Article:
Personally, I think Maria Kang’s picture and the caption is awesome. As someone who wants kids in the near future, I found it entirely motivating and inspiring. The reactions people are going to derive from this is largely based on their personal outlook, and thankfully mine is happy and secure.

Unfortunately, there have been a few themes I’ve noticed in the responses to this seemingly normal wife and mother, and they’ve been harsh, and they’ve been presumptuous. The overwhelming reaction to the above picture seems overly sensitive to me, and I can’t help but wonder if it’s due to peoples’ insecurities.

Or is the overall response indicative of the mindset people hold toward health, obesity and personal accountability in this country?

We need to take ownership of our bodies.

If you choose to be overweight, that is your choice. I don’t hate you for it, I don’t think you’re less of a person, and I doubt Maria Kang does either. But recognize that in the vast majority of situations, it is a choice. I made this choice at one point in my life, most people do. She is not saying you have to look exactly like her. That is an assumption that people are making. Healthy comes in a lot of shapes and sizes.

I am not fit because of genetics. I haven’t always been fit. I haven’t always been healthy. I’m healthy and fit because I work really fucking hard at it. I plan meals, I spend a good portion of my salary on organic food, I prepare, I spend hours every Sunday prepping food for the week, I make dinner every night and along with lunch for the next day all while working two jobs. This isn’t to say I don’t love my food or that I don’t enjoy it (I love to cook), but being healthy requires effort.

We need to take ownership of our emotions.

Did MK really make you feel bad? Someone you have never and most likely will never meet? Someone who has absolutely no bearing on your life? Or do you feel bad because the picture and caption triggered something in you that was uncomfortable?

I’ll tell you something, Maria Kang is more toned and muscular than I am. Did that make me feel bad? Hell no, I don’t put in the work to be as toned as her, and homegirl has three kids! Did I get mad at her over this? Did I assume she is in better shape than me because of genetics? Because she has more time? An easier job? No. She’s more toned and muscular than me because she puts in an effort that I do not put in. Simple. Easy. She’s not a terrible person and I don’t feel bad about it. I still have an awesome body, it’s just different. Yours is different too.

Let’s not take everything out of context.

MK is not a random mom who created the picture to garner attention, to fat shame or put other women down. Let’s use some common sense here.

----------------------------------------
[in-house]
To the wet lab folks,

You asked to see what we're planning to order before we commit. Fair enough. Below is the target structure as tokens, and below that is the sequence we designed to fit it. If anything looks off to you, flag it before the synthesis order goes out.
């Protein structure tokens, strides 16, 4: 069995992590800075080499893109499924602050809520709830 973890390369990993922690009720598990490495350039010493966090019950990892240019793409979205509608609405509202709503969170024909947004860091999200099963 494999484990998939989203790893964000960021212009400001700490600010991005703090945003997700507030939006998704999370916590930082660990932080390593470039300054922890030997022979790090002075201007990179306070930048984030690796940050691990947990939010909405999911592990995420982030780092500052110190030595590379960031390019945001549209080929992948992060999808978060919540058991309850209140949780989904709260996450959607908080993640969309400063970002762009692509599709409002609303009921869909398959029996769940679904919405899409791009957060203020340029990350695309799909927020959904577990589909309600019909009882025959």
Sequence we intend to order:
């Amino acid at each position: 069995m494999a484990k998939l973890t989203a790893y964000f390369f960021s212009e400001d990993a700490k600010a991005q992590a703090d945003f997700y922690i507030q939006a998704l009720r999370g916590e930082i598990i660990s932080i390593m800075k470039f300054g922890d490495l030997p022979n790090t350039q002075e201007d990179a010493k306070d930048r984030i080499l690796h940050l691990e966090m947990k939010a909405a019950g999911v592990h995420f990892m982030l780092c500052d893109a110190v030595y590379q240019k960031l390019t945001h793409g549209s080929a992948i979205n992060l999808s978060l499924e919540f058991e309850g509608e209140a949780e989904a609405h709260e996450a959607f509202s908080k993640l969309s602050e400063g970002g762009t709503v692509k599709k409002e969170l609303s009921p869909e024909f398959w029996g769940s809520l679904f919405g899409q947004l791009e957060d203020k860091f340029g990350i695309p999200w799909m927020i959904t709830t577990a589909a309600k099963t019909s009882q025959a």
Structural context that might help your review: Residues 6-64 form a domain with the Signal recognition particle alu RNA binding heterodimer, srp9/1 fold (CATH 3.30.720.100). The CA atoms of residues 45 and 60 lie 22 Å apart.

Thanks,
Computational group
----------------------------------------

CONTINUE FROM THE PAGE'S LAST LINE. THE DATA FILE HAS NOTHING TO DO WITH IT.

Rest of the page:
The woman is a fitness professional!

She started a non-profit fitness organization whose goal is to,

…instill a collaborative effort between students, teachers and parents to engage in fitness activities to improve overall health and physical fitness standards. Our objective is to provide 250-300 students an opportunity to increase their state’s physical fitness tests in strength, endurance and flexibility through before school programs, nutritional workshops and parental participation in FWB’s Leadership Academy.

In a country whose obesity rate is higher than ever, whose adolescent obesity rate has tripled in the last 30 years, shouldn’t we be commending her?

Maria Kang is not thin and fit because of genetics. Genetics are not the defining factor here. She is toned and muscular because she works for it. It is literally her job to motivate and inspire and spread the word about fitness. Why is she being attacked for doing so?

I think everyone should be proud of their body. You don’t need to look like Maria Kang. I don’t. Health comes in all different shapes and sizes. And generally speaking, obesity is not healthy. Being obese does not make anyone less of a person. It doesn’t mean a person shouldn’t love their body.

I love my body. I’m proud of it. I debated about posting a bikini shot, but here goes:


We’ve all got excuses, we’ve all got baggage. We are not special butterflies whose lives are tougher than everyone else’s. Everyone has shit to deal with.

My Potential Excuses:

  • I had a rough childhood
  • Everyone in my immediate family is addicted to drugs and I don’t speak to a single one of them
  • I’m poor (I’m not anymore, but I was)
  • I was abused physically, mentally and otherwise as a kid/teen
  • I come from a broken home
  • I had a mother that made me take a cab to the gym every single day after school in 8th grade and wouldn’t pick me up until they closed at 10 pm (with no food or money to buy food), because I had a body that was “prone to getting fat”
  • I’ve been on my own since I was 16
  • My family doesn’t love me
  • A shit ton of others

We ALL have excuses. I used to make a lot of them. I used to have a drinking problem. At some point I decided my excuses were bullshit; I decided I was not my excuses, I decided I was worth it. Self-love allowed me to become healthy, it allowed me to care about my body. Self-love, responsibility, and effort are how we heal, physically and otherwise.

My intention in writing this is not to hurt feelings but promote discussion. Whether you agree or disagree, please comment below. I always want to be understanding and compassionate, and I don’t particularly understand the negative responses to this picture.

So, if you disagree with me, let’s talk about it!